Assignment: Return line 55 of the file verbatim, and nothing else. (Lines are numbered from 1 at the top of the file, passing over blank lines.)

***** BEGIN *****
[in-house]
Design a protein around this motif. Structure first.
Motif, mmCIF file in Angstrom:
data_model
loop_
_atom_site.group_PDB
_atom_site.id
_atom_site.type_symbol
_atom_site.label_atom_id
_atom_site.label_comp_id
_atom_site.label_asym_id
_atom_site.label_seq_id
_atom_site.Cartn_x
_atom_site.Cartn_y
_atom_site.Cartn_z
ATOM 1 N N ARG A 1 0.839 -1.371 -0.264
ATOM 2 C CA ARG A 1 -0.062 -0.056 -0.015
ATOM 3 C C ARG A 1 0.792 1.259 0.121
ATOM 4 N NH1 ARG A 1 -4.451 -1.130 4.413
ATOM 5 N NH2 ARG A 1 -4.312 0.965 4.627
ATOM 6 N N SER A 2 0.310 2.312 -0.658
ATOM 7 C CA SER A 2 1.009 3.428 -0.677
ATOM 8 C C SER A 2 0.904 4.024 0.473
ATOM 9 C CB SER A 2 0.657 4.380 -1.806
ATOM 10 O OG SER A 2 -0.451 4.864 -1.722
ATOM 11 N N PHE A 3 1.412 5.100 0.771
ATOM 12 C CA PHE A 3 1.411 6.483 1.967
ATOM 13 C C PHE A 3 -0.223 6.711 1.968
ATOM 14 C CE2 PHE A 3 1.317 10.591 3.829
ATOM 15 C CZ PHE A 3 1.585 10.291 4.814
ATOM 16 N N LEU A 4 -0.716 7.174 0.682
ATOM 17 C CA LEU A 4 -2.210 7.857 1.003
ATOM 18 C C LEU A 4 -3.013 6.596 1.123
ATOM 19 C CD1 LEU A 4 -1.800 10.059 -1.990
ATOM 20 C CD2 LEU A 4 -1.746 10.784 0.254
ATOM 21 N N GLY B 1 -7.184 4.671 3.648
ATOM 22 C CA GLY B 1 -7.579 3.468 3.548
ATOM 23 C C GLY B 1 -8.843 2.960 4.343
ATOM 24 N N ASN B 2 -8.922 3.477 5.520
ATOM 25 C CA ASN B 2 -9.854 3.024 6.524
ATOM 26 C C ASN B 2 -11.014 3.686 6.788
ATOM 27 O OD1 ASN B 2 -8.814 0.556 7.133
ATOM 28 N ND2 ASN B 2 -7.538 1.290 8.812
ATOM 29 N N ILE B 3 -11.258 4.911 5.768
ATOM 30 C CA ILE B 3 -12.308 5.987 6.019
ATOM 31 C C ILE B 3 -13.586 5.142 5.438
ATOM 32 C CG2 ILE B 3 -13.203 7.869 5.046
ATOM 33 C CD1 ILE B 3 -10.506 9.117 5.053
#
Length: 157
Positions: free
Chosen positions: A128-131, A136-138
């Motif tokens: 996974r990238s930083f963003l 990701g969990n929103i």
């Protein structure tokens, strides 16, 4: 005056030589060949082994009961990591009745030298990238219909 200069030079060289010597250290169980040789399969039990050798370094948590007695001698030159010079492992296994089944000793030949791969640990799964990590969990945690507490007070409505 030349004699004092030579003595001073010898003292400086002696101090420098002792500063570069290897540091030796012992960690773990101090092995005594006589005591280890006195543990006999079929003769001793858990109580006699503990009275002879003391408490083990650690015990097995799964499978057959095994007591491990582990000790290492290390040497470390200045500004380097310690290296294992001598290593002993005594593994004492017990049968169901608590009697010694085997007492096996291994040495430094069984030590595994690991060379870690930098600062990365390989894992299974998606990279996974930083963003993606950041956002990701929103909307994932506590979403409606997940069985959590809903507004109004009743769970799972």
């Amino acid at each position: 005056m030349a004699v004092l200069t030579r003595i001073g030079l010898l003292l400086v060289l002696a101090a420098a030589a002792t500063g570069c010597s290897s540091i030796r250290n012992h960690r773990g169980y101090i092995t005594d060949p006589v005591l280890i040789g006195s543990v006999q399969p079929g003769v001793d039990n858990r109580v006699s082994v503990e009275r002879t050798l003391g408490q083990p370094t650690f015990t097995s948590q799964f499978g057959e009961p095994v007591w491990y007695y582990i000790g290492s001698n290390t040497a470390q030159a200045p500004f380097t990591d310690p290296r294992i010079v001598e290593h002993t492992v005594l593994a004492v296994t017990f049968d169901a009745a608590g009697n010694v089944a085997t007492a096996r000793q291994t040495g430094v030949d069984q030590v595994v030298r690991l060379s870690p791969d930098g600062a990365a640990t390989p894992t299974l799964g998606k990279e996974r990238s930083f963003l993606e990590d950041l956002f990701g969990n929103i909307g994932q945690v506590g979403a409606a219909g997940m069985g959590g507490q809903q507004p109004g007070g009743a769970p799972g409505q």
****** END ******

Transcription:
């Amino acid at each position: 005056m030349a004699v004092l200069t030579r003595i001073g030079l010898l003292l400086v060289l002696a101090a420098a030589a002792t500063g570069c010597s290897s540091i030796r250290n012992h960690r773990g169980y101090i092995t005594d060949p006589v005591l280890i040789g006195s543990v006999q399969p079929g003769v001793d039990n858990r109580v006699s082994v503990e009275r002879t050798l003391g408490q083990p370094t650690f015990t097995s948590q799964f499978g057959e009961p095994v007591w491990y007695y582990i000790g290492s001698n290390t040497a470390q030159a200045p500004f380097t990591d310690p290296r294992i010079v001598e290593h002993t492992v005594l593994a004492v296994t017990f049968d169901a009745a608590g009697n010694v089944a085997t007492a096996r000793q291994t040495g430094v030949d069984q030590v595994v030298r690991l060379s870690p791969d930098g600062a990365a640990t390989p894992t299974l799964g998606k990279e996974r990238s930083f963003l993606e990590d950041l956002f990701g969990n929103i909307g994932q945690v506590g979403a409606a219909g997940m069985g959590g507490q809903q507004p109004g007070g009743a769970p799972g409505q």